January 2017 Young completions engineer: “I'm just now flying back from Midland where I was on a frac job on one of our two well pads. We've separated pumping services from sand and from chemicals. We did that to save everything we could during the downturn. I wonder if that is a truly sustainable business model (for us). I think frac service companies were glad to work at any price just to keep their equipment working, but as business gets better, that won't continue.”

March 2017 Major well servicing company: “All of our big well servicing rigs are working on completions of long laterals. 8000' laterals are driving customers (from coiled tubing units) to well servicing rigs.”

April 2017 Drilling group president: “With laterals >10,000', rotary steerable systems begin to have a distinct advantage over mud motors, which are required to slide to steer. This (sliding) creates both non-productive time during the drilling process AND it creates a hole that has waves and several directional changes. With 5000' laterals this is no big deal, but at 15,000', it creates a huge problem.”

June 2017 Mud company: ”In the Permian Basin, when just vertical wells were drilled with "slop mud", anybody could be a mud company. But horizontal laterals of 2 miles and a LOT of OBM losses, the mud company has to have the ability to immediately deliver a LOT of mud for each well during the drilling process. This keeps a small mud company out of the game.”

August 2017 DJ Basin service companies: “All coiled tubing units are working today on drill outs. Wells that produce a lot of sand require stick pipe to rotate in and out. Coil will get key seated.”

September 2017 STACK operator: “Rotary steerable lets us drill a gun barrel hole. The issue is cost of the rotary steerable. We use the RS in fast drilling areas but struggle to make it work in the Arkoma. The issue in the Arkoma is the structure - lots of ups and downs. I would think the Sprayberry and Wolfcamp would work well for RS as it drills fast as does the Eagle Ford.”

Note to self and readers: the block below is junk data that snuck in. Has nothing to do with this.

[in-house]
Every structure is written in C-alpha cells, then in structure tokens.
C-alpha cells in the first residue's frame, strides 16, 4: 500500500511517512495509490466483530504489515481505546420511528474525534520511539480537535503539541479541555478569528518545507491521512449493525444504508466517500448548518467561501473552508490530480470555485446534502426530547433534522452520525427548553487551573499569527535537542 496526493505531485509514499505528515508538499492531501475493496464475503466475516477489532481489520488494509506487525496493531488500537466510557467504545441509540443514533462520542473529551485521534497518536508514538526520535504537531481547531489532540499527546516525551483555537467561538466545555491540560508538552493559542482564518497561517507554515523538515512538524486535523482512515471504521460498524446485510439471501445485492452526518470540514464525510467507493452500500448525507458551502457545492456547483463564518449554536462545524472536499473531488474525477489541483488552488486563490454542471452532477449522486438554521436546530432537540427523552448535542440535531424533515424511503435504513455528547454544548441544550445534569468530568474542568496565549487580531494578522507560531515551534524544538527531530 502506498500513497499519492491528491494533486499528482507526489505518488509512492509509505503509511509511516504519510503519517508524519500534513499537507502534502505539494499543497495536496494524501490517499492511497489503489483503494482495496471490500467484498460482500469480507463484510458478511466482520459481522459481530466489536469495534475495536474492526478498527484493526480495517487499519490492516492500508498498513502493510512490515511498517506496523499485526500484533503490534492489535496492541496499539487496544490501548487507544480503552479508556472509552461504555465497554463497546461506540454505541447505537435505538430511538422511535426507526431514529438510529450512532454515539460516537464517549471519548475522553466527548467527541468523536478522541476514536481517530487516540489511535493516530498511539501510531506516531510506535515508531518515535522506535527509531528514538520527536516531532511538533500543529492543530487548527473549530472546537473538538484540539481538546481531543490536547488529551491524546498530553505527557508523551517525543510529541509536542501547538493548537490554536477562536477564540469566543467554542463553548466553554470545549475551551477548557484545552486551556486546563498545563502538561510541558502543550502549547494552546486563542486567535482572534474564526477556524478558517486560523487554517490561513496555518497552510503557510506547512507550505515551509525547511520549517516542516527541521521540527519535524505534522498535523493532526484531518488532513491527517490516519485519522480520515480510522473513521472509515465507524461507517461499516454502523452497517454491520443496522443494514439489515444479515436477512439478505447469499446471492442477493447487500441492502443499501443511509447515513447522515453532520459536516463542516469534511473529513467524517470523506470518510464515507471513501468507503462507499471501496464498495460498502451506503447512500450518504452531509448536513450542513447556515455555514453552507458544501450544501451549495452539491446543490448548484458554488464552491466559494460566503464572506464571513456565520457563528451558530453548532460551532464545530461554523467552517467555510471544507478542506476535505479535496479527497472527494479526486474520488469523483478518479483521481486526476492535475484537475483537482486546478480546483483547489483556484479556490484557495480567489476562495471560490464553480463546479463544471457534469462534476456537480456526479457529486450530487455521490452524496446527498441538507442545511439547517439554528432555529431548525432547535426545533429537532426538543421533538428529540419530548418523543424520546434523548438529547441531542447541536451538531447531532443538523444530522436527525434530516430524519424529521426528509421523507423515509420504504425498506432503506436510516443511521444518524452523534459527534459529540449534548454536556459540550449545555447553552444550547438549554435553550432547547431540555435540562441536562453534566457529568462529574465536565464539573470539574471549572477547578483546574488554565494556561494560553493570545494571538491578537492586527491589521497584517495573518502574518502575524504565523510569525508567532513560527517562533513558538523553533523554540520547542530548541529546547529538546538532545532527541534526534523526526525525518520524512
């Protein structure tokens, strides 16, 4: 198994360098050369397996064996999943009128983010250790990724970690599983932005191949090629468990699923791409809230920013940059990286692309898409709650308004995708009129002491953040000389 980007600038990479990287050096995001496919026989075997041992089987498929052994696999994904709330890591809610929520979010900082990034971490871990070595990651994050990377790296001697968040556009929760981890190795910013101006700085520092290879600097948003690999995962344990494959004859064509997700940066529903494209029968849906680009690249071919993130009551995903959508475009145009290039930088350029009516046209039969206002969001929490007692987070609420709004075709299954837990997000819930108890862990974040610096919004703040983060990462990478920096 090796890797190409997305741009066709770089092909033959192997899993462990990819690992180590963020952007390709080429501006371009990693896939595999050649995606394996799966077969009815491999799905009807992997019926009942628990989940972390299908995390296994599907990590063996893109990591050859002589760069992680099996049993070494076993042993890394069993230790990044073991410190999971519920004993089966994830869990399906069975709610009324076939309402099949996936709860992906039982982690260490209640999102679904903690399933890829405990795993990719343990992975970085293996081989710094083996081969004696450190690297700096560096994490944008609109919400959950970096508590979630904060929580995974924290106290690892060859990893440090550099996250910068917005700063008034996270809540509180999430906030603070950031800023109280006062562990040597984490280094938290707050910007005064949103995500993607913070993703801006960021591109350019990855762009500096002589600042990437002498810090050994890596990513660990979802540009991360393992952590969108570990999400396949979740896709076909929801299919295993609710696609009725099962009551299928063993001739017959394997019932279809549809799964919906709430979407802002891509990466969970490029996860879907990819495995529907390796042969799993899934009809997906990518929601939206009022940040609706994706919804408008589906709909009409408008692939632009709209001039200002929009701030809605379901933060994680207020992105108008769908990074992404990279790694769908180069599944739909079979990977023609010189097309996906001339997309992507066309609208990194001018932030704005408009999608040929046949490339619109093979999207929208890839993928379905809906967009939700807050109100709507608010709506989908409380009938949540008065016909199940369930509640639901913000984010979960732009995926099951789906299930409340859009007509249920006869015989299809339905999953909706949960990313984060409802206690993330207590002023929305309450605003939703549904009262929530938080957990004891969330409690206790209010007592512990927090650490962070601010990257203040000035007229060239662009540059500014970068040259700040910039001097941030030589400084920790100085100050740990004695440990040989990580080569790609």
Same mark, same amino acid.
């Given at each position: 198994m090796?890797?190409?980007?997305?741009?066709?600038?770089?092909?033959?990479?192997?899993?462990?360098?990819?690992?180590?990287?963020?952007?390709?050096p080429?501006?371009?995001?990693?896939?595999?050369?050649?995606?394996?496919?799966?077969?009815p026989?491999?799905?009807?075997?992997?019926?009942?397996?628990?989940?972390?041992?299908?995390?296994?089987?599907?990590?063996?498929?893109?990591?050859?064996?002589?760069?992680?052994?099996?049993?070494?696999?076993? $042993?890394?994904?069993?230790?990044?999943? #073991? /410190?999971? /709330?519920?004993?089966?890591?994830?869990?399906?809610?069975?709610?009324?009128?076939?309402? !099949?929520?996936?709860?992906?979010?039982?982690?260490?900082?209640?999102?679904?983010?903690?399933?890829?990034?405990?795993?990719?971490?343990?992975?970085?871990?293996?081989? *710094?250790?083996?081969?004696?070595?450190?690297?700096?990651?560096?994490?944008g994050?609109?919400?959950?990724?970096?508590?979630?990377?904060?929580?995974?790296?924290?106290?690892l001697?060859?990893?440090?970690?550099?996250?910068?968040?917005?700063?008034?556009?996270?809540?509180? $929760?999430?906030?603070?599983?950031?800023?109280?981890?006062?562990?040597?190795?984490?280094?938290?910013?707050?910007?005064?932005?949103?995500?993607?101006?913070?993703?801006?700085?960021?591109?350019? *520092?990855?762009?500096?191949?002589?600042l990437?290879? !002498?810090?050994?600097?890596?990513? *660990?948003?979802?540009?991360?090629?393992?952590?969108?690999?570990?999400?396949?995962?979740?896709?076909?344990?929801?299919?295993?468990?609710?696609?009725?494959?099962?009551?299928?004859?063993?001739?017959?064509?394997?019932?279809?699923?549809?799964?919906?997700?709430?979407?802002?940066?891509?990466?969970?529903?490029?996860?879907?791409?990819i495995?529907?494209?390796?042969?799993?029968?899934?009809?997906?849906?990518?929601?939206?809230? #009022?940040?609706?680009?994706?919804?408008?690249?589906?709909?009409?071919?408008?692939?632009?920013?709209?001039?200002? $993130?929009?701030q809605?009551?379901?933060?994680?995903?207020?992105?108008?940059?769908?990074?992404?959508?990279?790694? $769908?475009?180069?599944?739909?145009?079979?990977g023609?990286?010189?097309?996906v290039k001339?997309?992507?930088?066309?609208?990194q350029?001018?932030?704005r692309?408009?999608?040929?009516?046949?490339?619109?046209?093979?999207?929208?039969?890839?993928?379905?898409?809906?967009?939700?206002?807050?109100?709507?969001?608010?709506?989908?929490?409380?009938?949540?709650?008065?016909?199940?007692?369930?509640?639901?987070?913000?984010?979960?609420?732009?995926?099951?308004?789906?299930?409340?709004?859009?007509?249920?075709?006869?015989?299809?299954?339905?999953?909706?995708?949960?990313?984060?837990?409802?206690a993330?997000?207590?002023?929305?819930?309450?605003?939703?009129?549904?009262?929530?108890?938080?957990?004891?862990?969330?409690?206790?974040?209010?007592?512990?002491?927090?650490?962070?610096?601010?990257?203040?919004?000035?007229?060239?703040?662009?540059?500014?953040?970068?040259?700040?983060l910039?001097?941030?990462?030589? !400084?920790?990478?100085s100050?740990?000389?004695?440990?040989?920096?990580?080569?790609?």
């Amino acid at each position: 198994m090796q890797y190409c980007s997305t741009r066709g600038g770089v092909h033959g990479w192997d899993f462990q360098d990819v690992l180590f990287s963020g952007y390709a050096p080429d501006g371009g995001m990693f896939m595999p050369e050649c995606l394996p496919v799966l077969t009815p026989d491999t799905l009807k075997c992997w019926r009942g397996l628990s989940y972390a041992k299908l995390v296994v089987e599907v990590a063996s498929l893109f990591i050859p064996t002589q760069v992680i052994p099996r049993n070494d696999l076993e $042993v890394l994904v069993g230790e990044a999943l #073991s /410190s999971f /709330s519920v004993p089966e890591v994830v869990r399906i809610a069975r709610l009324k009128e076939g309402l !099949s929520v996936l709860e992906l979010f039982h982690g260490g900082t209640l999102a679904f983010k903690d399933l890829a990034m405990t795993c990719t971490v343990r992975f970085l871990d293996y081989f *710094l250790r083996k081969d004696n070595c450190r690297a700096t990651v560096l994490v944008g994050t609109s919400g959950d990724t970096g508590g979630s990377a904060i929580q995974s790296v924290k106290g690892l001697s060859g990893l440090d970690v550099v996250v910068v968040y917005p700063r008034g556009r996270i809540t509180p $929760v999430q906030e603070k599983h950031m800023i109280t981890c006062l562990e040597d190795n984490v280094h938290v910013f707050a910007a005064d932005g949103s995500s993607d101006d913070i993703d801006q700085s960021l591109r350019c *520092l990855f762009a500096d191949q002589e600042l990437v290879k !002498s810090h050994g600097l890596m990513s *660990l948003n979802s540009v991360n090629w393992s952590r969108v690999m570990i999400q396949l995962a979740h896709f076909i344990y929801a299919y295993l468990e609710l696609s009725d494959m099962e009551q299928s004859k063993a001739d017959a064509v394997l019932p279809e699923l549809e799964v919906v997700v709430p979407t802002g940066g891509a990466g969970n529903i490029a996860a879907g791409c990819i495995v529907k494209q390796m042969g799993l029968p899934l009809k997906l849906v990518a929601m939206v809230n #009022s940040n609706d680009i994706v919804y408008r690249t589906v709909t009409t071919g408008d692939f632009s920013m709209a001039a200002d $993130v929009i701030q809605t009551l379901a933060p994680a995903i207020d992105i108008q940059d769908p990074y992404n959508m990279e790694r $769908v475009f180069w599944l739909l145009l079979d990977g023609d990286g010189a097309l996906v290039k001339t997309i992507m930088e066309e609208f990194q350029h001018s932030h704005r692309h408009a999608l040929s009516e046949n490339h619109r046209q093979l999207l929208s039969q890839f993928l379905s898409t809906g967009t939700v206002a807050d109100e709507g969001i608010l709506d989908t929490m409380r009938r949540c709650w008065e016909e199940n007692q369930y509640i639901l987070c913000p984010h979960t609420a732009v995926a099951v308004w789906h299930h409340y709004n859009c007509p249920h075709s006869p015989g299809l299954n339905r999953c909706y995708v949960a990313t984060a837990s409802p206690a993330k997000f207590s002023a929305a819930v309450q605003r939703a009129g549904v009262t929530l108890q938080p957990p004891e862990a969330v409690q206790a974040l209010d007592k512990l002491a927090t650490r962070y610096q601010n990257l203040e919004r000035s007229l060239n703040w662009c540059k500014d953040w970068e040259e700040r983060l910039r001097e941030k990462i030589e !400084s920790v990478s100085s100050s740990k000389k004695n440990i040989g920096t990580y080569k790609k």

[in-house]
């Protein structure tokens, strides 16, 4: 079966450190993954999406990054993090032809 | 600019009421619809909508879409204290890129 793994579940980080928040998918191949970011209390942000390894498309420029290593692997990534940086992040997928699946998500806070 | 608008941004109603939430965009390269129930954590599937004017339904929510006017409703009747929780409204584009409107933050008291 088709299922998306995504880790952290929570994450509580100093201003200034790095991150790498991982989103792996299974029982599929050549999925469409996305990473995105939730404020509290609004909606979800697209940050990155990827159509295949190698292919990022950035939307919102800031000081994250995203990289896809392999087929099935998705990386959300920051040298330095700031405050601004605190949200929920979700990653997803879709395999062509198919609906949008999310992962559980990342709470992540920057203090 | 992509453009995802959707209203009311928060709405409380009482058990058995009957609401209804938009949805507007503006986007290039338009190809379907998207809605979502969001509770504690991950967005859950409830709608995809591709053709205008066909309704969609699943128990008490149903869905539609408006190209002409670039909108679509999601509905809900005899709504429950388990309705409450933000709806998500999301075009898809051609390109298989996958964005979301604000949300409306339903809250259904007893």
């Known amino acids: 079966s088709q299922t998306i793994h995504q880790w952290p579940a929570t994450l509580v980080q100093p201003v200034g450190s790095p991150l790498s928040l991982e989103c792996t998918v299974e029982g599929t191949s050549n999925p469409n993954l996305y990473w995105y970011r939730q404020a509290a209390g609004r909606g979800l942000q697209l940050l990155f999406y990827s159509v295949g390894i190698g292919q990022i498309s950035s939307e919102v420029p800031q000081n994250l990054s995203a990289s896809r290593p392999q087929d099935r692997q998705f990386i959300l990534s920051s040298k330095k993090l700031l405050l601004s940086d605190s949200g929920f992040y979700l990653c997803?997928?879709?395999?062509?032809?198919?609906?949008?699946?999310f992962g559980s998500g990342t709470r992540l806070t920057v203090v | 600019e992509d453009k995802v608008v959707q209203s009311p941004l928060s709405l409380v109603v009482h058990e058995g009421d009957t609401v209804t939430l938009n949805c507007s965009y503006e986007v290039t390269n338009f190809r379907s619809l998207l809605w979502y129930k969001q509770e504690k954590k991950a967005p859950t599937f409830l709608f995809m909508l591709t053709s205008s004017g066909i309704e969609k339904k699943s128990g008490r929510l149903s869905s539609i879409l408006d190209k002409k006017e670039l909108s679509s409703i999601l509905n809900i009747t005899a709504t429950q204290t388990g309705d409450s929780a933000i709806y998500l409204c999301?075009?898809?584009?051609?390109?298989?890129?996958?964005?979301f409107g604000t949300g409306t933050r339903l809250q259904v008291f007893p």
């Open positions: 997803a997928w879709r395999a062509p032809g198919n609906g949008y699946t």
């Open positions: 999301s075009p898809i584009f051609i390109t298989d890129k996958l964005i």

October 2017 Drilling engineer: “Out in the Permian we have a super pad that we add about 16 wells to every year or so.  We use two different drilling contractors and one directional driller.  It only takes 8 days to drill each well to TD. We drill all the surface pipes, then all the intermediate strings, then all the laterals. 8 days.

November 2017 Major oil company VP: “There are 2 tiers to MWD. The high tier is dominated by the big-4 and is characterized by high bandwidth mud pulse utilized in deep water applications. The lower tier is a commodity MWD market populated by independent DD/MWD companies utilizing off-the-shelf technology. The land market mostly uses mud pulse as well but uses lower bandwidth. EM telemetry is making inroads in market penetration and is elevating the data rate.”

December 2017 Frac service company: “70% of the sand coming from mines in the Permian opening in 2018 will be 100 mesh or smaller.  Not good quality at all, but enough to satisfy the demand.  We've got customers who are trying 4000 and 5000 lbs of sand per foot of hole.”

Pay attention, sometimes the biggest tips come from small comments by people who are actually doing the work.